Modifying Child Custody Agreements in California

hand filling Custody of Child document

Child custody agreements aren’t always set in stone. California law recognizes that circumstances can change and there may be a need to modify a custody order from time to time. Importantly, neither parent can make changes to an existing custody agreement without the other parent’s consent or by order of the court. A child custody agreement can be changed at any time as long as there is a significant change in circumstances — and modifying child custody arrangements is in the child’s best interests.

Reasons to Modify Child Custody

While courts favor stability when it comes to child custody arrangements, a child custody modification may be warranted in situations where there is a need for one. In the event there is a significant change in circumstances, California courts apply the best interests of the child standard to determine whether a modification should be granted.

Some common reasons for modifying child custody can include the following:

  • A change in the child’s needs as they grow older
  • A parent’s relocation to a new home
  • Changes to a parent’s work schedule that would impact the existing custody arrangement
  • Instances of parental alienation
  • Abuse or neglect by a parent
  • A parent refuses to follow the custody order
  • A parent no longer has the ability to care for the child

In addition, parents may agree to voluntarily modify an existing custody agreement if they find the current arrangement no longer works. Parents can work together to create a custody arrangement that meets the needs of their child and family when a change in their family situation arises.

How to Request a Child Custody Modification in Court

A parent who is seeking a child custody modification will need to submit their request to the court if they cannot get the consent of the other parent. Unilateral changes cannot be made to an existing custody order unless the other parent agrees, or the court issues a new order. If there has been a significant change in circumstances, the parent who wishes to modify custody will need to provide the details regarding the requested change to the court in a form FL-300 Request for Order, with an attached declaration. The other parent must be served a copy of the form and proof of service must be filed with the court.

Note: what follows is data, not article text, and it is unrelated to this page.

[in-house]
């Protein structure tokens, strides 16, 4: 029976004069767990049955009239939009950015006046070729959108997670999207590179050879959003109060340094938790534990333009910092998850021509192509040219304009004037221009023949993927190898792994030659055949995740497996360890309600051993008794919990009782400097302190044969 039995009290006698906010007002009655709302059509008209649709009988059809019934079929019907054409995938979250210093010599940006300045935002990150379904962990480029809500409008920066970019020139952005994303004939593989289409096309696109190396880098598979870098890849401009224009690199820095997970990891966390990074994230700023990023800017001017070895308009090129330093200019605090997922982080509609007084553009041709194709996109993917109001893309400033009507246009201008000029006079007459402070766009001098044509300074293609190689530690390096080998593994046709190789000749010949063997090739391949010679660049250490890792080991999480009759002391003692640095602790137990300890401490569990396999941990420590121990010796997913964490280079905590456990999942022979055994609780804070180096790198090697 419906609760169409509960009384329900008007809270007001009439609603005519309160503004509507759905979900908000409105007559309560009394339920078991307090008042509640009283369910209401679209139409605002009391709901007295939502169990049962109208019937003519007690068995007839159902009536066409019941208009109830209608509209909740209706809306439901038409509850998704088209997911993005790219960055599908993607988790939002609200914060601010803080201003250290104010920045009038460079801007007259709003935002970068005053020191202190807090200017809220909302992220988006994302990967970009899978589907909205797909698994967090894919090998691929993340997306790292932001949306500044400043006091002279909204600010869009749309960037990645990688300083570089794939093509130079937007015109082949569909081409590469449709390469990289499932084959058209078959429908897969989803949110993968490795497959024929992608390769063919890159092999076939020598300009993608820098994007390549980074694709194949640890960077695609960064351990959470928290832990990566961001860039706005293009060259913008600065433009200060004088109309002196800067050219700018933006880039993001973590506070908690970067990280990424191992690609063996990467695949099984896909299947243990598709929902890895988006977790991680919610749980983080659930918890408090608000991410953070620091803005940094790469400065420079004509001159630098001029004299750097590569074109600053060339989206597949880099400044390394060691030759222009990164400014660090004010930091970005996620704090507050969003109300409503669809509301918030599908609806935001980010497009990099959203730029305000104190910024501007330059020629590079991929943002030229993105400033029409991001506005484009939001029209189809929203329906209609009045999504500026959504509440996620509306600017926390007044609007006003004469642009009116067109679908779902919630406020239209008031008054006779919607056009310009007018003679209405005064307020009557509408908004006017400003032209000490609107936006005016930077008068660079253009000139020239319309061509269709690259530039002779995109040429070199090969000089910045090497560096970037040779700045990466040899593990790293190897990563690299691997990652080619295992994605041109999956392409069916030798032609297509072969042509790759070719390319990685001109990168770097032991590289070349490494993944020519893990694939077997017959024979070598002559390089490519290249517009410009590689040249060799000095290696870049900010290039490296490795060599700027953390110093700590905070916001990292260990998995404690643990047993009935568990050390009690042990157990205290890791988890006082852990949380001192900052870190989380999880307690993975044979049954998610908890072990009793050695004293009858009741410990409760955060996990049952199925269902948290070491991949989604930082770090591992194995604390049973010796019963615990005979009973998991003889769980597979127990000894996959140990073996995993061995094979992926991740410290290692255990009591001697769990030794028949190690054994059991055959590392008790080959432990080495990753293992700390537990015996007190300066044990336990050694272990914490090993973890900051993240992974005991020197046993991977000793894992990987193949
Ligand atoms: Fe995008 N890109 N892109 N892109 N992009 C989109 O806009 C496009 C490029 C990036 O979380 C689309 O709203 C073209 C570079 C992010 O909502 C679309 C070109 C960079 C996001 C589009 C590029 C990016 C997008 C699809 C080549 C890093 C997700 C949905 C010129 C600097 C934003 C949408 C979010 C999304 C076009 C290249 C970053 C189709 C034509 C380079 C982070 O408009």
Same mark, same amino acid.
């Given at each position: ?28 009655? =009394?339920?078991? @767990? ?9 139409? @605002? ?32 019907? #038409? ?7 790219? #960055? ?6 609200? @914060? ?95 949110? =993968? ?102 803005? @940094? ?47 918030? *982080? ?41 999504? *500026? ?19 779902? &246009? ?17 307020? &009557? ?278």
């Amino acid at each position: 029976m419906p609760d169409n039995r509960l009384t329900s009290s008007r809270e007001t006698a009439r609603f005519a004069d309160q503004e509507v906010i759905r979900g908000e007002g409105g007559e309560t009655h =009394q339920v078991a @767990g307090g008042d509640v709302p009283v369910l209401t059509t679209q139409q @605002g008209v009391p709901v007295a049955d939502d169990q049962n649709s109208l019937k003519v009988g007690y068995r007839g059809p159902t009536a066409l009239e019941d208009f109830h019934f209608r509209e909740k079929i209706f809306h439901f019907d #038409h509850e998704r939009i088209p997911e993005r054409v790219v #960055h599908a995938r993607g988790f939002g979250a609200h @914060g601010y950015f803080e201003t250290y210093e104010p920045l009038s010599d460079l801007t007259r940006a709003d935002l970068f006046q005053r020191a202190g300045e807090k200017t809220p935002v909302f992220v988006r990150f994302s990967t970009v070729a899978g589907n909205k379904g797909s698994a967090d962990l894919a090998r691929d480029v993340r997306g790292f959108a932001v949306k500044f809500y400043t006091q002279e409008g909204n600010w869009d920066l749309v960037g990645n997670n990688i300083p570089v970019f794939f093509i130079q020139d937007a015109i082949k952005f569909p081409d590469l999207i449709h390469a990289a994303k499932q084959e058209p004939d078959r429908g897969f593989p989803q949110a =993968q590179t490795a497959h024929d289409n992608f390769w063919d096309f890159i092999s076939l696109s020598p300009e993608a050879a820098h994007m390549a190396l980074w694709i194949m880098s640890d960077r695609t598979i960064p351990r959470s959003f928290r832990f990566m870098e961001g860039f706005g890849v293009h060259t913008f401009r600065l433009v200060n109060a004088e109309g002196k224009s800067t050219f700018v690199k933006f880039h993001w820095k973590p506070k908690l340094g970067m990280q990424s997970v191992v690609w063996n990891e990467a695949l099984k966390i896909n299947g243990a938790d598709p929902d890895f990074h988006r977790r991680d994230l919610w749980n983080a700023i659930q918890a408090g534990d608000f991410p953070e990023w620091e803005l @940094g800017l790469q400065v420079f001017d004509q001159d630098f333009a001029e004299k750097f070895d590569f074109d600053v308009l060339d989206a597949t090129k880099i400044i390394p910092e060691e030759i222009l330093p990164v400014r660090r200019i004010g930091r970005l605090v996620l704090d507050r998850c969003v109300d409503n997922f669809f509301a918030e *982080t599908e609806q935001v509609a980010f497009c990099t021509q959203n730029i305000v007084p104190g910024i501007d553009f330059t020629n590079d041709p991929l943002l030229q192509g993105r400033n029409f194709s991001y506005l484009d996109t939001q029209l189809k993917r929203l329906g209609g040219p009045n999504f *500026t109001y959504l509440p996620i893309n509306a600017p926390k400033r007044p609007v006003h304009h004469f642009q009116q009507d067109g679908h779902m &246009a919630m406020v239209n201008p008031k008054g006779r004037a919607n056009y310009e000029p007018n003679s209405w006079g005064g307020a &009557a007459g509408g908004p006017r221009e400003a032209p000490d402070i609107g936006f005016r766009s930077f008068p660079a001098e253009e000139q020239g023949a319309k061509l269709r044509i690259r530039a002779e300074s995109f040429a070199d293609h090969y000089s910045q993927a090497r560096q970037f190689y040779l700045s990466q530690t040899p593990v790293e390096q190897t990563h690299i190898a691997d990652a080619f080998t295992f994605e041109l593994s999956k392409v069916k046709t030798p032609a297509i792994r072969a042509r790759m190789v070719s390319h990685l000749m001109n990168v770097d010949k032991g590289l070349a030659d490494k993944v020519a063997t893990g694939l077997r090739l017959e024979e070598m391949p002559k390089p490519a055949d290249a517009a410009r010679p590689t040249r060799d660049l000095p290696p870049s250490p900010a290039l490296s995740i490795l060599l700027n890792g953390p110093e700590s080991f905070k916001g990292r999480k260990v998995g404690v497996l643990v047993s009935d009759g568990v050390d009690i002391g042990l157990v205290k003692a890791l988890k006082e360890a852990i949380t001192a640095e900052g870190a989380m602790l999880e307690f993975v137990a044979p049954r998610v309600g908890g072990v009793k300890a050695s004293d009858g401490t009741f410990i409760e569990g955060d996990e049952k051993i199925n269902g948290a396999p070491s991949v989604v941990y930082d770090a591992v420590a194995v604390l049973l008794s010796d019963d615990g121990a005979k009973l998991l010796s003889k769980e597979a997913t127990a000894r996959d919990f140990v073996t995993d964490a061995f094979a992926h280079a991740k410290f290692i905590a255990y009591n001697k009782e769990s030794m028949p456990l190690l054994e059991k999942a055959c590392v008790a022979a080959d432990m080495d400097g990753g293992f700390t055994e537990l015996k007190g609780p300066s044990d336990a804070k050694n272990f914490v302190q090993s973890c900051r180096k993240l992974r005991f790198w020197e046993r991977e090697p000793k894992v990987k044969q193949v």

After a child custody modification has been requested, a hearing will be scheduled in court. At the hearing, both parents will have the opportunity to argue their position to the judge who will use the best interests of the child standard to determine whether the modification should be granted.

How Can a Custody Order Be Modified?

A child custody order can be changed at any time until a child reaches the age of 18. However, doing so does not always require lengthy litigation in the courtroom. There are several ways a custody order can be modified, depending on whether parents are amicable and agree on the changes that need to be made.

Specifically, a child custody order can be changed in the following ways:

  • Agreement between the parents — Parents are free to reach an agreement between themselves regarding a custody modification. In such cases, they can enter into a written agreement or stipulation and submit it to the family court judge for approval.
  • Mediation — If parents cannot agree on the issue of modifying child custody, they may be able to work through their differences using the mediation process. A neutral third-party called a mediator will help facilitate healthy communication between parents so they are able to discuss their concerns freely and openly. Once an agreement has been reached and signed by a judge, it becomes a legally binding order.
  • Court order — In the event parents cannot reach an agreement between themselves or with the help of mediation when it comes to the issue of modifying custody, it might be necessary to file a motion with the court and set the issue for a contested hearing in front of the judge. The judge will listen to both parents’ arguments and determine whether a custody modification is warranted. They will then issue a court order that both parties must abide by.

In many courthouses in California, mediation is mandatory before a modification case will be heard by a judge. Many cases are resolved in mediation and there is no need for the parties to appear in court. Mediation usually takes place with a Family Court Services mediator, or in some circumstances, during private meditation. During the mediation session, the mediator will work with the parents to create a parenting plan that meets the best interests of their children. However, the mediator cannot issue an order. In some counties, the mediator will make written recommendations for the judge to consider, and if persuaded, the judge could adopt those recommendations and make them into a legally binding order.

Contact an Experienced California Child Custody Attorney

Modifying child custody can be nuanced and complex. Whether you are the parent seeking or opposing a modification, it’s best to have the guidance of a skilled family law attorney who can safeguard your rights and ensure the best interests of your children are met. Located in Walnut Creek, California, Bednarczyk & Valerio, LLP offers compassionate representation and diligent counsel to clients in California for a wide variety of family law matters, including those concerning child custody modifications. Call 925-464-2494 or contact us online to schedule a consultation to learn how we can help.

Categories: Child Custody